To call someone “spineless” is an insult on land, but in the ocean, it’s simply a sensible lifestyle choice. From jellyfish to octopuses, anemones to sea cucumbers, life under the waves teems with squishy invertebrates. But while these soft bodies are perfectly adapted to the crushing pressures of the ocean, they present a problem for scientists who are hoping to study them. How do you retrieve such delicate organisms without damage?

One answer might lie in the Japanese art of origami. Inspired by the traditional paper-folding techniques, engineers and marine biologists have designed a 3D-printed, 12-sided origami trap that can fold gently around unsuspecting sea creatures. The device (known as the rotary actuated dodecahedron, or RAD for short) can be attached to the arm of an underwater rover and triggered remotely to capture soft marine life safely.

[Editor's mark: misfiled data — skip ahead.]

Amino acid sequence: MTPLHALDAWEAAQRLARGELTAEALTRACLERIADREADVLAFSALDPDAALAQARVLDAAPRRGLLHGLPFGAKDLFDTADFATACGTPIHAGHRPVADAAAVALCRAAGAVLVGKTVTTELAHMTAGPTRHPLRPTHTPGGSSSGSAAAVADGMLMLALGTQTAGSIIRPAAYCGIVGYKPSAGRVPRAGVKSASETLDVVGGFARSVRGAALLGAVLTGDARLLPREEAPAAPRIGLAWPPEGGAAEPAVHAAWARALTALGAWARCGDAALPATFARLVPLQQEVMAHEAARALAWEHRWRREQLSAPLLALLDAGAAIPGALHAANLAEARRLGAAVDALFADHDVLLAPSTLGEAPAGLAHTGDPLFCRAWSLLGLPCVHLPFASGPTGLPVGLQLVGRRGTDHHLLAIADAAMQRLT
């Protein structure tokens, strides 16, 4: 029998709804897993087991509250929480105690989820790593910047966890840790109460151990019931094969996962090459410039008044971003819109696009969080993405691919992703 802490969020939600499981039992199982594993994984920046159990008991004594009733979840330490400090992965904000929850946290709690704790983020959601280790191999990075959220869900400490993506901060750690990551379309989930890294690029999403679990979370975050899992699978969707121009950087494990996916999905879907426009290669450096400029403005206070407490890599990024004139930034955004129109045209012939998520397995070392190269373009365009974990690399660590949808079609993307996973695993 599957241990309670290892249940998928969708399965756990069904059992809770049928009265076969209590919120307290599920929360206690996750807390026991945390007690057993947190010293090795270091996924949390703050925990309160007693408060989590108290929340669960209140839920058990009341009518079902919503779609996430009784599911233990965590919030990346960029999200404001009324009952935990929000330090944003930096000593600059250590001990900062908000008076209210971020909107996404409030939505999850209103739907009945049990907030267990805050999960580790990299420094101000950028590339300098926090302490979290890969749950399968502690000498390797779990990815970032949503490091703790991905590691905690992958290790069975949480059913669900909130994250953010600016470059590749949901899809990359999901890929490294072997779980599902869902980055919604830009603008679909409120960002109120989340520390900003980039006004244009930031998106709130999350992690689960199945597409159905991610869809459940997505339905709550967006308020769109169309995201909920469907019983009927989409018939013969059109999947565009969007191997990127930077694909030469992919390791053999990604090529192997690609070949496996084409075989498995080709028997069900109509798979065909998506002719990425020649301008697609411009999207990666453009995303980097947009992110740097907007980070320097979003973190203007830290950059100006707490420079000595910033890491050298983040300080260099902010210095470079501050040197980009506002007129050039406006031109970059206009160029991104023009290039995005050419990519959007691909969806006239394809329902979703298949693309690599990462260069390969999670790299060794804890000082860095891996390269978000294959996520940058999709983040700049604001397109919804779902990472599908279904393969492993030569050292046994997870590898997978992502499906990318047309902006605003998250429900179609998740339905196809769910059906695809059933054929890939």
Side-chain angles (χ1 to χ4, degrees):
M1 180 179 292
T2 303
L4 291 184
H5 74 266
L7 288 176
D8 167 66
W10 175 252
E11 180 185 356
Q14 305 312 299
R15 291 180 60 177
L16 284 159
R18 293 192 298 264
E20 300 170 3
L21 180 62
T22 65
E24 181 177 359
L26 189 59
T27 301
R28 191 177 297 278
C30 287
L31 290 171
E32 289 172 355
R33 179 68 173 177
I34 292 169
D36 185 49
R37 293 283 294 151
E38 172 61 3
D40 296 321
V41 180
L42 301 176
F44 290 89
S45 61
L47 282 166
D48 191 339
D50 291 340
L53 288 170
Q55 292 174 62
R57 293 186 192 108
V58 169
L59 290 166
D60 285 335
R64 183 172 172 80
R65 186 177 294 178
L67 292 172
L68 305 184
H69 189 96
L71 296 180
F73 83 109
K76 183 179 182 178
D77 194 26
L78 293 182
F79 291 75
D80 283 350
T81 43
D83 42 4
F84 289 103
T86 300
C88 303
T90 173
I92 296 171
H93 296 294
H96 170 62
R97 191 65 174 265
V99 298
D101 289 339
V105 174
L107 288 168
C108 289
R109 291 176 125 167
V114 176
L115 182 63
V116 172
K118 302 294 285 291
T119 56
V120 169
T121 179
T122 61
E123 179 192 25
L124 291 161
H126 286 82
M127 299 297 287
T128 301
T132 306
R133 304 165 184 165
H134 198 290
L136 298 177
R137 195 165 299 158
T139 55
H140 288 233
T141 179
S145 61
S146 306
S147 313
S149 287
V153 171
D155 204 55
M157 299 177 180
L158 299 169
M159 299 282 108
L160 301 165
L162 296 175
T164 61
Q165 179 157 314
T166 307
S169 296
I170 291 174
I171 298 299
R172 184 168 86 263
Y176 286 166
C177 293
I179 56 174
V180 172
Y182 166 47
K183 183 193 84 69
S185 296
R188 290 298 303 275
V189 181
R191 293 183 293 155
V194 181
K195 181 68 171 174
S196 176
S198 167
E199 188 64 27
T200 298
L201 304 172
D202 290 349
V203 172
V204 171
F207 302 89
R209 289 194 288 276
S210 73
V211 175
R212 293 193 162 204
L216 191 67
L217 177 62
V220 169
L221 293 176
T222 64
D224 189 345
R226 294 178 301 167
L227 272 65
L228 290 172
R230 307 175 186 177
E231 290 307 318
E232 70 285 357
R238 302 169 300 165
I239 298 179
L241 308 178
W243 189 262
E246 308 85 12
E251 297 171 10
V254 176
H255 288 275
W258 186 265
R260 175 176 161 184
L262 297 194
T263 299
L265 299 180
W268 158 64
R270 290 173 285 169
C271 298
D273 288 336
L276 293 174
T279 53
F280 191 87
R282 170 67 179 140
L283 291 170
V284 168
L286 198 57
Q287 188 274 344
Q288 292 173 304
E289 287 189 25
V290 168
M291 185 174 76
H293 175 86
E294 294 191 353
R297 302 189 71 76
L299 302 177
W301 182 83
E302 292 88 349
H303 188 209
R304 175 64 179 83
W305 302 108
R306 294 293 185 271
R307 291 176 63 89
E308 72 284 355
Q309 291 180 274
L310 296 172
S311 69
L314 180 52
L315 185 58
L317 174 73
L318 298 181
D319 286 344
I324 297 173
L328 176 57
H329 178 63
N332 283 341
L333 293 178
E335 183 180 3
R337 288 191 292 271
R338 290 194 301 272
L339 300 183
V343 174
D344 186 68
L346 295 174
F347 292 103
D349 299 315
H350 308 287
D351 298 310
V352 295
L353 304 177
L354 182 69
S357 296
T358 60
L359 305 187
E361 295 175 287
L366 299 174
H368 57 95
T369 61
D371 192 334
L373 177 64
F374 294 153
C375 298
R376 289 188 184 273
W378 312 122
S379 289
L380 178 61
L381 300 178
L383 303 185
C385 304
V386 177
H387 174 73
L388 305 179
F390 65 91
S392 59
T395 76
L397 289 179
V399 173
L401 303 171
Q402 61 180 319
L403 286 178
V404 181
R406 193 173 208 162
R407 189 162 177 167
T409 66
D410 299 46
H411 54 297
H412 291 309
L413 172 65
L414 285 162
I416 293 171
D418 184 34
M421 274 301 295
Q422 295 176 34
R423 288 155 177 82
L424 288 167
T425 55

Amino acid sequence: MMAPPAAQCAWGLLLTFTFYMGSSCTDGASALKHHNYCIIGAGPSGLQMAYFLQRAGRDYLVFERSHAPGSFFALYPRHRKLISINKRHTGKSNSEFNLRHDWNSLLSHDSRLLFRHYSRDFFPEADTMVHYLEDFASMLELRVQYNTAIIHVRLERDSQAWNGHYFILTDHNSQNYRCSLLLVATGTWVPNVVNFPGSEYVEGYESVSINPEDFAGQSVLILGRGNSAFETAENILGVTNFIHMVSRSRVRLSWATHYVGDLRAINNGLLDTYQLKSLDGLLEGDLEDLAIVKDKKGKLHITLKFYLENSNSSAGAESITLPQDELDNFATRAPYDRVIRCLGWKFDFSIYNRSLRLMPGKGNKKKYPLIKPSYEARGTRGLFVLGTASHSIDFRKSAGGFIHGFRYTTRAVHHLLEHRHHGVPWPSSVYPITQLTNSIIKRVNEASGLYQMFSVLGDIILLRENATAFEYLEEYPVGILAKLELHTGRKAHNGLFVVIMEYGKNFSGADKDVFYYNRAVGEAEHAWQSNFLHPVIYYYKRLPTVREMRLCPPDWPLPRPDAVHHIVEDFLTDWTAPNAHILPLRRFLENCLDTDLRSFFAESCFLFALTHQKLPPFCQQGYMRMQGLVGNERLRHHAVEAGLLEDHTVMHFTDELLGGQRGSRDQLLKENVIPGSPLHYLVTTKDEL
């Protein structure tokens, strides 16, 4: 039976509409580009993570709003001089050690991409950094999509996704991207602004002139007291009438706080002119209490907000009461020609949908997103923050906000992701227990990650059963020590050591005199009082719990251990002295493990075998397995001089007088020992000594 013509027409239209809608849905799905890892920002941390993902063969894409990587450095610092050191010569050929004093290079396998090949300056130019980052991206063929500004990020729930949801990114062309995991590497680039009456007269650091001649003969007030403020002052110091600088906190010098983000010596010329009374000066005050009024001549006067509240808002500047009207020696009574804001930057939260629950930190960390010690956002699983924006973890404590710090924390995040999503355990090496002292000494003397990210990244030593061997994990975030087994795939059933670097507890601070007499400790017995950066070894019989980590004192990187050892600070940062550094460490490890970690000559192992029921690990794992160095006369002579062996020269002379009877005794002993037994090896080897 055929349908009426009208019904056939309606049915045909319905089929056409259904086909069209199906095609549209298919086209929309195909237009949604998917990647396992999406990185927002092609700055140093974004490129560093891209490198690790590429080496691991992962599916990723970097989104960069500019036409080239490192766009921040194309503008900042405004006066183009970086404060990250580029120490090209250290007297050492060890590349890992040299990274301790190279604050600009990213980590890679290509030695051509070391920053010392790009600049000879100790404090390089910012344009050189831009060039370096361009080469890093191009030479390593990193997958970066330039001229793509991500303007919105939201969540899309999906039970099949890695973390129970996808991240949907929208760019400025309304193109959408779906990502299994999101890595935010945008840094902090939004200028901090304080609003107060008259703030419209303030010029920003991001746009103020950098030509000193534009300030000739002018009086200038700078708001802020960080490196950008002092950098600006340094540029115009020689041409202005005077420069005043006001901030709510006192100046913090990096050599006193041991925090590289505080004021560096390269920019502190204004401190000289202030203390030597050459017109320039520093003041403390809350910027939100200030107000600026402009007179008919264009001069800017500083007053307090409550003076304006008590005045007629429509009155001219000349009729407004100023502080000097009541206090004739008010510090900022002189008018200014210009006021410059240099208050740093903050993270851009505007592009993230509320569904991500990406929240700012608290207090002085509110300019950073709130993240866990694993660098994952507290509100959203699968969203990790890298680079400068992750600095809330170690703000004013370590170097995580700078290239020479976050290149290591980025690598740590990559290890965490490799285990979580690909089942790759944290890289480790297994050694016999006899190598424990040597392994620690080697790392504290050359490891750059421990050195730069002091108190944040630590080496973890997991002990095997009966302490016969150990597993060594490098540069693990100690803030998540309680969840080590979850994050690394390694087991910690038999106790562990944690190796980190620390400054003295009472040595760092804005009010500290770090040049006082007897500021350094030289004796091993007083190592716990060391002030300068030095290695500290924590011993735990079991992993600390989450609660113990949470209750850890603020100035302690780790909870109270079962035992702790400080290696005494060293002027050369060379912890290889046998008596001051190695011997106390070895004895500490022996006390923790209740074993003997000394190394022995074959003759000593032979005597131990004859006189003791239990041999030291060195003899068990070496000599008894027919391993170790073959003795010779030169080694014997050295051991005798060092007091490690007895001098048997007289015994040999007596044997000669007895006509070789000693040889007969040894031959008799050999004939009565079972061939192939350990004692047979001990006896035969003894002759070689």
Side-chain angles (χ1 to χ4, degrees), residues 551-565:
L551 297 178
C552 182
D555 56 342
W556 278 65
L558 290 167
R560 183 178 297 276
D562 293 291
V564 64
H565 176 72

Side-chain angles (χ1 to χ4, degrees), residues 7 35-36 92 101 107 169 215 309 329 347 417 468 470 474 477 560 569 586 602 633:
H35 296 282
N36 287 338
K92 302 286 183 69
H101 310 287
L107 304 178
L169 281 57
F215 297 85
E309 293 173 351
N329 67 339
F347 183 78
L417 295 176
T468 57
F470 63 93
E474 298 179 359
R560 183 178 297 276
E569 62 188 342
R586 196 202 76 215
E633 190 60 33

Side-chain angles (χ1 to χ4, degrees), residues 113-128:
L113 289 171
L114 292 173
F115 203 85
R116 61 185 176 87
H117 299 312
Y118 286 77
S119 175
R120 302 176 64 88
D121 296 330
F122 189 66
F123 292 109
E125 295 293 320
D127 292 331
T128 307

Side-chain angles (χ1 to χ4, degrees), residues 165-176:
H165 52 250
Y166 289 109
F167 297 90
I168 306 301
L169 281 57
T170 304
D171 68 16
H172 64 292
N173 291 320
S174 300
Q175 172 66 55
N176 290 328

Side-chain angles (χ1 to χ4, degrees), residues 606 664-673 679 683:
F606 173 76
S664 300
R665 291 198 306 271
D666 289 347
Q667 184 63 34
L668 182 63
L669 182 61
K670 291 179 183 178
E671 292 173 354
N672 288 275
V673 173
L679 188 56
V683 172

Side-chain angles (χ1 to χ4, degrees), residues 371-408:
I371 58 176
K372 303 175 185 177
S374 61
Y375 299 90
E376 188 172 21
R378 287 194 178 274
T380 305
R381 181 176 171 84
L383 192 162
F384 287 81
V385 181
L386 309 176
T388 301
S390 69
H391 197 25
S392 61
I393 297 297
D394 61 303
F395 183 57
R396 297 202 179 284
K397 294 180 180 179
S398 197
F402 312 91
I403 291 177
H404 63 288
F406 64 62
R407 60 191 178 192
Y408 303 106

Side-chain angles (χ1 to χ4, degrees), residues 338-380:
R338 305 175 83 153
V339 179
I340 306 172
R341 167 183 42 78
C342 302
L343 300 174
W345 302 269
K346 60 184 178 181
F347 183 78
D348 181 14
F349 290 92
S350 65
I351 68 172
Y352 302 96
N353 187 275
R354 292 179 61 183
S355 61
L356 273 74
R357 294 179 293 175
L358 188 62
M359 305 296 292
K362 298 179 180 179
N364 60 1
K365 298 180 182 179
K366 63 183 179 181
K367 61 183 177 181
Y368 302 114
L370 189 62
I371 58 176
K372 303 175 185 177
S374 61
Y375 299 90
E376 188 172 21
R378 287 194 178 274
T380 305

The device has already been tested successfully, trapping small squid, octopuses, and jellyfish at a depth of 700 meters in the ocean. But its design is robust enough to work at depths of up to 11 kilometers, and it could easily be scaled up to target larger organisms.

David Gruber, a marine biologist who helped design RAD, told The Verge that new technology like this is key to exploring the ocean. Beginning in the 1920s, attempts to study marine life relied on nets that successfully trawled the seas for hard-bodied species like fish and crustaceans. They were indiscriminate in what they captured, however, and they shredded gelatinous lifeforms. New devices like suction…

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